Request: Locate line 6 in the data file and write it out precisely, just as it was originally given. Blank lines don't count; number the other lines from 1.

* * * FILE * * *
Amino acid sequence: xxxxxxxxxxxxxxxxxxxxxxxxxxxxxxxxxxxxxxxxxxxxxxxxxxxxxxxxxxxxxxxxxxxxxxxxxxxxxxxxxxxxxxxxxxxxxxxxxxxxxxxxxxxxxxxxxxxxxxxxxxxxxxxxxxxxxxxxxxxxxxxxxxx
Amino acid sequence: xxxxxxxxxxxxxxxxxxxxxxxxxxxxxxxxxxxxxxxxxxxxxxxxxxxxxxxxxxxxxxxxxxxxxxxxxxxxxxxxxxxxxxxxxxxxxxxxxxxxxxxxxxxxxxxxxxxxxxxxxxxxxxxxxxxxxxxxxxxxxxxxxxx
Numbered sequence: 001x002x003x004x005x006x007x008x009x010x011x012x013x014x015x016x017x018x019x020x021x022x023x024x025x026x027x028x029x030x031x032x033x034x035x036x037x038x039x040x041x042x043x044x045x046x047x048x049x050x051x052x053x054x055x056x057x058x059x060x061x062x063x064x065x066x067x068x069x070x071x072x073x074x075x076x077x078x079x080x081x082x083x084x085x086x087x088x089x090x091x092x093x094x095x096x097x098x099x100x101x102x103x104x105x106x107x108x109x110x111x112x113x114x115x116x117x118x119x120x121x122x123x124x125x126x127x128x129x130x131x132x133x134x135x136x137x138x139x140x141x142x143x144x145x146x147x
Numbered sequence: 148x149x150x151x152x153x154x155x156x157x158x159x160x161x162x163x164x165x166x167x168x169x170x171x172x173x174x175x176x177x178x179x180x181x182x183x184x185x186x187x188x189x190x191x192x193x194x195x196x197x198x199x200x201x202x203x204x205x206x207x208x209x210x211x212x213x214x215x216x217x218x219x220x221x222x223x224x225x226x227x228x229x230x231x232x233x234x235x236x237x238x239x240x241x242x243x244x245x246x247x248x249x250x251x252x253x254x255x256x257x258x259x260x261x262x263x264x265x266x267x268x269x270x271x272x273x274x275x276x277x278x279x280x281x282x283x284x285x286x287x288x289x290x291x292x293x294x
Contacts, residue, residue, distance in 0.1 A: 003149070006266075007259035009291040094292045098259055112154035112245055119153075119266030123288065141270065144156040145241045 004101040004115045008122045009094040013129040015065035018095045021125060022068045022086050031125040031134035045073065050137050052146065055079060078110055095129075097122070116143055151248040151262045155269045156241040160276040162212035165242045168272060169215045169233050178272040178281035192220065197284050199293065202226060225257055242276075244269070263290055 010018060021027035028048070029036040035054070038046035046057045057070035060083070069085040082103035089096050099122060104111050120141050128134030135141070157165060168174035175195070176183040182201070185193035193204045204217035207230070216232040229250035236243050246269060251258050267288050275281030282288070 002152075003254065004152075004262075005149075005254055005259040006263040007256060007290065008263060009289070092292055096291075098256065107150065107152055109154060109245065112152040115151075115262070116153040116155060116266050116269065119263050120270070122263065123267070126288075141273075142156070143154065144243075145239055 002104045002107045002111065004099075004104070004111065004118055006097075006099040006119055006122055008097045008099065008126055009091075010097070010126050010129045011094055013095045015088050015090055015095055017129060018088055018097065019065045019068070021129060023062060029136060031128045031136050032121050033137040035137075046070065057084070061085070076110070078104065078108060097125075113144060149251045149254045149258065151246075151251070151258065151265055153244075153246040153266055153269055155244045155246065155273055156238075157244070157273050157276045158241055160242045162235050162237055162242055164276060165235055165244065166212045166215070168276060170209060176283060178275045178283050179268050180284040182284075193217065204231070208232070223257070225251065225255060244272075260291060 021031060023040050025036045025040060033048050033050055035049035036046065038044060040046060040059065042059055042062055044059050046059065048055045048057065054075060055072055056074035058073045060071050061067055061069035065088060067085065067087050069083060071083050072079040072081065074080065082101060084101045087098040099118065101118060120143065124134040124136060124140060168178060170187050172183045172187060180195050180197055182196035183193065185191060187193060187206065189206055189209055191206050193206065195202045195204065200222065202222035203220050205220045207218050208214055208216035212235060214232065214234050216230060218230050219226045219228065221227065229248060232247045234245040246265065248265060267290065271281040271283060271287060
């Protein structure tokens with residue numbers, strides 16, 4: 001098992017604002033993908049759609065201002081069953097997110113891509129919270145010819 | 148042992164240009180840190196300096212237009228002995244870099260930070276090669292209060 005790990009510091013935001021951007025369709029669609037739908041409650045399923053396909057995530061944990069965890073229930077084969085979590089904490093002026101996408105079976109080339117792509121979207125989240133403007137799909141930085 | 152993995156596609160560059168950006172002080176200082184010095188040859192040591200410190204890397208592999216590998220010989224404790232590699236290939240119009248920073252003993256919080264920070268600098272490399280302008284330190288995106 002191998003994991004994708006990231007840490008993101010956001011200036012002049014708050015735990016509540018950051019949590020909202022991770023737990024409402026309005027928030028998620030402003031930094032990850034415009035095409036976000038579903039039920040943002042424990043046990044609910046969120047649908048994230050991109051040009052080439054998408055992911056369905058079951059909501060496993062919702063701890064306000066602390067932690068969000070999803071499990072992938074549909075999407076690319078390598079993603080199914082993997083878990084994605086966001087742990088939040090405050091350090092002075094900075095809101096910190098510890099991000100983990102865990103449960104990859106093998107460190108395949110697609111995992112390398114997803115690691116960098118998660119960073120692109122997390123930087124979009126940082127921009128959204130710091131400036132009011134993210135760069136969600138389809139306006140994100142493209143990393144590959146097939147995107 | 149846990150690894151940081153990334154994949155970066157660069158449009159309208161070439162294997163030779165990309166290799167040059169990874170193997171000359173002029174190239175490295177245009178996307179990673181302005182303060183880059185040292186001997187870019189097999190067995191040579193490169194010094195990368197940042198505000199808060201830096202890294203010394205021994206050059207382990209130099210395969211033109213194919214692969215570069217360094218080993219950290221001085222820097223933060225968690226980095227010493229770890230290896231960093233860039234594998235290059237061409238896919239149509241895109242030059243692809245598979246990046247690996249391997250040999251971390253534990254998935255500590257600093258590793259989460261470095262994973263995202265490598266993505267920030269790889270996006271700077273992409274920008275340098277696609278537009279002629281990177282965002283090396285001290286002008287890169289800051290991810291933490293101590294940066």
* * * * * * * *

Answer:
């Protein structure tokens with residue numbers, strides 16, 4: 001098992017604002033993908049759609065201002081069953097997110113891509129919270145010819 | 148042992164240009180840190196300096212237009228002995244870099260930070276090669292209060 005790990009510091013935001021951007025369709029669609037739908041409650045399923053396909057995530061944990069965890073229930077084969085979590089904490093002026101996408105079976109080339117792509121979207125989240133403007137799909141930085 | 152993995156596609160560059168950006172002080176200082184010095188040859192040591200410190204890397208592999216590998220010989224404790232590699236290939240119009248920073252003993256919080264920070268600098272490399280302008284330190288995106 002191998003994991004994708006990231007840490008993101010956001011200036012002049014708050015735990016509540018950051019949590020909202022991770023737990024409402026309005027928030028998620030402003031930094032990850034415009035095409036976000038579903039039920040943002042424990043046990044609910046969120047649908048994230050991109051040009052080439054998408055992911056369905058079951059909501060496993062919702063701890064306000066602390067932690068969000070999803071499990072992938074549909075999407076690319078390598079993603080199914082993997083878990084994605086966001087742990088939040090405050091350090092002075094900075095809101096910190098510890099991000100983990102865990103449960104990859106093998107460190108395949110697609111995992112390398114997803115690691116960098118998660119960073120692109122997390123930087124979009126940082127921009128959204130710091131400036132009011134993210135760069136969600138389809139306006140994100142493209143990393144590959146097939147995107 | 149846990150690894151940081153990334154994949155970066157660069158449009159309208161070439162294997163030779165990309166290799167040059169990874170193997171000359173002029174190239175490295177245009178996307179990673181302005182303060183880059185040292186001997187870019189097999190067995191040579193490169194010094195990368197940042198505000199808060201830096202890294203010394205021994206050059207382990209130099210395969211033109213194919214692969215570069217360094218080993219950290221001085222820097223933060225968690226980095227010493229770890230290896231960093233860039234594998235290059237061409238896919239149509241895109242030059243692809245598979246990046247690996249391997250040999251971390253534990254998935255500590257600093258590793259989460261470095262994973263995202265490598266993505267920030269790889270996006271700077273992409274920008275340098277696609278537009279002629281990177282965002283090396285001290286002008287890169289800051290991810291933490293101590294940066």